A Stroke Primer
What It is and How It Affects the Whole Body
Most of us know someone who has experienced a stroke. But we are less likely to understand the many different ways people may be affected. Some strokes are mild, and some are almost totally debilitating. What causes the very different consequences seen in stroke victims, and how much do health care providers know about the effects of a stroke on the human brain?
“The most common cause of stroke is carotid artery disease. But with screenings, many strokes can be prevented.”
Jon Hupp, M.D.
“We see a broad range of symptoms in stroke victims, depending on the area of the brain that is affected and the extent of the injury,” said AAMC neurologist Damanhuri Alkaitis, M.D.
Stroke occurs when a blocked or burst blood vessel interrupts blood flow to the brain. This interruption prevents brain cells from getting oxygen and nutrients, and nerve cells in the affected part of the brain stop functioning and die. These nerve cells control particular parts of the body, so when they can’t function well the body can’t either.
Mark Peeler, M.D., a vascular surgeon at AAMC, said that brain tissue lost during a stroke cannot be regenerated.
“All of the brain is fed by blood vessels, and when we lose the blood flow we lose that part of the brain permanently. If enough of the brain is lost we lose the functions that brain controls,” said Dr. Peeler.
Types of stroke
Strokes are classified into two categories, ischemic and hemorrhagic. Ischemic strokes, which account for 80 percent of all strokes, are caused when blood vessels in the brain or neck become narrow or clogged. Fatty deposits lining the walls of blood vessels may block blood from flowing freely. Clots may develop at the site of the deposit or a traveling particle may be too large to pass through the narrowed blood vessel. Ischemic strokes may have warning signs such as loss of strength or sensation, problems with speech, or changes in vision or balance.
Hemorrhagic strokes, which account for 15-20 percent of all strokes, are caused by bleeding in the brain or in the spaces between the brain and the skull. Bleeding comes from weakened areas in vessels called aneurysms (blood-filled pouches that can rupture), or from aging blood vessels deep in the brain that begin to bleed. The symptoms of a hemorrhagic stroke tend to appear suddenly, and often there are no warning signs.
Stroke is the third leading cause of death in the United States and the leading cause of serious long-term disability, according to the American Stroke Association (a division of the American Heart Association). Over 700,000 Americans suffer from strokes every year. If you have any of the risk factors listed here, you should consult your healthcare provider about lifestyle changes to minimize your risk.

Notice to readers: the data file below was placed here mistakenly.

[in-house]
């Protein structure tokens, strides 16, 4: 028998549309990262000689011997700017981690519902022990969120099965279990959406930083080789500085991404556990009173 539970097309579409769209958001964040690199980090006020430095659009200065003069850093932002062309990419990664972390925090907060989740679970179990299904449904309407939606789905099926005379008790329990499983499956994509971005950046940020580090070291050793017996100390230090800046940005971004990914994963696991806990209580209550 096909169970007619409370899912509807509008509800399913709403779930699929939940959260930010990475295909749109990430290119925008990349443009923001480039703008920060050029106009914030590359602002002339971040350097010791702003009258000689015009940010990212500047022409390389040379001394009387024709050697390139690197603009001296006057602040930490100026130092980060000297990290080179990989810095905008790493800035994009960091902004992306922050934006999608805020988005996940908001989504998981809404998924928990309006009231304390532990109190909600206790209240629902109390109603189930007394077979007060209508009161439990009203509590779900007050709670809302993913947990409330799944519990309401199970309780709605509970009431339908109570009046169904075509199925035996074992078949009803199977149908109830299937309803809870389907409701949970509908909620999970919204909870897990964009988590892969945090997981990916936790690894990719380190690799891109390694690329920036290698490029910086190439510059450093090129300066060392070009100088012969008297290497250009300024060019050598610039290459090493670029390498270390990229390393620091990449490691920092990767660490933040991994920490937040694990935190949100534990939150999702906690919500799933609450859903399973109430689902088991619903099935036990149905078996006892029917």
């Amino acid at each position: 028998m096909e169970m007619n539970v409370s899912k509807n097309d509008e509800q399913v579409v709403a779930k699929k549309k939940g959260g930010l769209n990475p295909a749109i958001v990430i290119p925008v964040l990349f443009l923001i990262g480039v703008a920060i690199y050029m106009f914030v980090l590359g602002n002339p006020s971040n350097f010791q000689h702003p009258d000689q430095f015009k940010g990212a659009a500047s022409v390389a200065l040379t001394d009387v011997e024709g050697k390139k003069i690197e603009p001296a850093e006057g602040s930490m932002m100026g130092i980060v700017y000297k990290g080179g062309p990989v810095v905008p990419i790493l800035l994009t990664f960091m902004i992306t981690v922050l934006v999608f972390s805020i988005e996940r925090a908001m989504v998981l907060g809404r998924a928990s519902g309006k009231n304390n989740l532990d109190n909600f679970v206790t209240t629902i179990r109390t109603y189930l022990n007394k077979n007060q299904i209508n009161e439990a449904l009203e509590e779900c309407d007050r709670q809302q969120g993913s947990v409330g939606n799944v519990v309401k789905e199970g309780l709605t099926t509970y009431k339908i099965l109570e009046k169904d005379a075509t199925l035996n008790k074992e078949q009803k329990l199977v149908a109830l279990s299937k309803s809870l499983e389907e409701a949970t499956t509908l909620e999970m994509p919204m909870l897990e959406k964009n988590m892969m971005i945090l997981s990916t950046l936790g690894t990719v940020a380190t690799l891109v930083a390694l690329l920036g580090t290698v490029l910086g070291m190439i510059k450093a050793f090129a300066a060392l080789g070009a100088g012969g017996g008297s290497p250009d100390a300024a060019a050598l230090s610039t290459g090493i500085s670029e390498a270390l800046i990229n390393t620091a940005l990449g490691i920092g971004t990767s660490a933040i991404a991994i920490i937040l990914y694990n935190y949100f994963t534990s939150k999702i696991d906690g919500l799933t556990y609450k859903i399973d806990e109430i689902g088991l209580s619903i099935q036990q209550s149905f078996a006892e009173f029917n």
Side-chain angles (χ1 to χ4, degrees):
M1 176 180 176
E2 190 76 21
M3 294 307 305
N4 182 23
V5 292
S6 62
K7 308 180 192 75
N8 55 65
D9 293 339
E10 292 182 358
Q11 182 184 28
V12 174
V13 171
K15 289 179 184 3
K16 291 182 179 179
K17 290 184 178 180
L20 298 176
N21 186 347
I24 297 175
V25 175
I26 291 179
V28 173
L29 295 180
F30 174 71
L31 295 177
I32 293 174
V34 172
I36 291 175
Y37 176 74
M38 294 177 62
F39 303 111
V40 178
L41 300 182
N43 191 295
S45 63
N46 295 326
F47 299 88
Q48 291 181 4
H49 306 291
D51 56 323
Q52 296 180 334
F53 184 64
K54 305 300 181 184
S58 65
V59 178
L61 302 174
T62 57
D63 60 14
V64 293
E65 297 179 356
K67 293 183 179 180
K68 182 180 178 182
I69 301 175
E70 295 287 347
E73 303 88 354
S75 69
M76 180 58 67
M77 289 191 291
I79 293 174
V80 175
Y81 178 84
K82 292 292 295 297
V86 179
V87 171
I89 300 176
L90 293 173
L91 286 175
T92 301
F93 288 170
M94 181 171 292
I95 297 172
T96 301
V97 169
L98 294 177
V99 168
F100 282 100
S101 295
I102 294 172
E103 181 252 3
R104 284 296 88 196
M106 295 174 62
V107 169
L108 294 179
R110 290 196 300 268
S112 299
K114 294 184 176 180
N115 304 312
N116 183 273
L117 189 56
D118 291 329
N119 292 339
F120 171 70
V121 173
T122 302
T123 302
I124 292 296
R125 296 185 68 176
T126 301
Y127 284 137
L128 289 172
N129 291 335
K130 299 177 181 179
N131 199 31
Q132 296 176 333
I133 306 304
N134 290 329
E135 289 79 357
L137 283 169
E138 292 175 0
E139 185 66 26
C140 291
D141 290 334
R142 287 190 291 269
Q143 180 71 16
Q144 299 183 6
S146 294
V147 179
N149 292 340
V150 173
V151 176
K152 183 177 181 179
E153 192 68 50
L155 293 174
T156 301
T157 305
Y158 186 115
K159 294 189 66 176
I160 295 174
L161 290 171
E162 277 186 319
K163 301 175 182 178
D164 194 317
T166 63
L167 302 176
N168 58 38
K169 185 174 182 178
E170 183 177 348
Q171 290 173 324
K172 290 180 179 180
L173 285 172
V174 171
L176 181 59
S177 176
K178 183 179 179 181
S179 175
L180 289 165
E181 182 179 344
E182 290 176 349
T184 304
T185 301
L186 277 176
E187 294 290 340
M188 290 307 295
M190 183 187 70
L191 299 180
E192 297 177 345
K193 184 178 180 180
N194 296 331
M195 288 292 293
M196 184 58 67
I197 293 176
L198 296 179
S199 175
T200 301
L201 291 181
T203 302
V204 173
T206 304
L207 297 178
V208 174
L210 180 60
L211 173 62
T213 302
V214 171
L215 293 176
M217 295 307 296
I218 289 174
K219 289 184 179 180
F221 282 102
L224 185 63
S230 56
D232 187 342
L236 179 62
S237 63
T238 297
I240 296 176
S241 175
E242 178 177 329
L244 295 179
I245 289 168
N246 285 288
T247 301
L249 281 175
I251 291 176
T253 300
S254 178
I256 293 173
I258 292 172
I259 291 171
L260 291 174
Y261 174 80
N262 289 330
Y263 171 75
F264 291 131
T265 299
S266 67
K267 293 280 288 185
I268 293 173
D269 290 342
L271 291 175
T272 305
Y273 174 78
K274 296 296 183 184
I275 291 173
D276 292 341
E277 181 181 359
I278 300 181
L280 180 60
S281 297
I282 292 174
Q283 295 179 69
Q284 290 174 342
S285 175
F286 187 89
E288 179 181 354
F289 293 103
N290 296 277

RISK FACTORS FOR STROKE
Treatments for carotid artery disease include carotid surgery and stenting procedures.
Contact askAAMC at 443-481-4000 for more information.
Either kind of stroke can affect people in a variety of ways. Although the consequences of a stroke aren’t always predictable—they depend on the type of stroke and how extensively and where brain cells are damaged—having a stroke may influence a person’s behavior and emotions, motor activity, senses and hearing and speech, among other things.
After a stroke, a person’s thought patterns and emotional reactions may be different than they were before. That’s because parts of the brain produce emotions, just as other parts control movement. Stroke victims may experience moodswings or cry easily, and memory may be affected. As people struggle to adapt to impairment and try to regain function, they may feel depressed as well.
Physical limitations may be another result of a stroke. If brain cells that influence mobility and awareness are damaged, people may lose feeling in parts of their bodies like the arms or legs. Or they may have trouble sensing or moving one side of the body, usually the opposite side from the part of the brain where the stroke occurred.
Because a stroke can affect parts of the brain that control perception, people may have trouble seeing, touching, and recognizing everyday objects. They may be prone to falls because they are less able to judge distances, and their vision may be impaired.
Many stroke victims struggle to recognize and produce words, or to speak intelligibly. They may also have trouble saying what they mean (a condition that is called aphasia). Aphasia is most common after a stroke on the left side of the brain, and it makes it difficult for people to read and write as well as listen and speak.
Rehab technique improving
Although the effects of stroke can be limiting, there is good news. Healthcare providers have more information than ever about how to rehabilitate people from strokes. More than 4.7 million Americans are stroke survivors, and physicians are developing new and better methods of helping them regain function.
“Stroke rehabilitation is improving all the time,” said Brian Kahan, M.D., an AAMC specialist in Physical Medicine and Rehabilitation. “We are using techniques such as constraint-induced therapy, which restrains a non-affected body part and encourages use of the side of the body affected by a stroke.”
“And as risk factors for stroke (including high blood pressure, heart disease, smoking and high cholesterol) are better understood and better treated, more and more strokes are preventable,” said cardiologist Jonathan Altschuler, M.D.
“The most common cause of stroke is carotid artery disease. But with screenings, many strokes can be prevented,” said vascular surgeon Jon Hupp, M.D.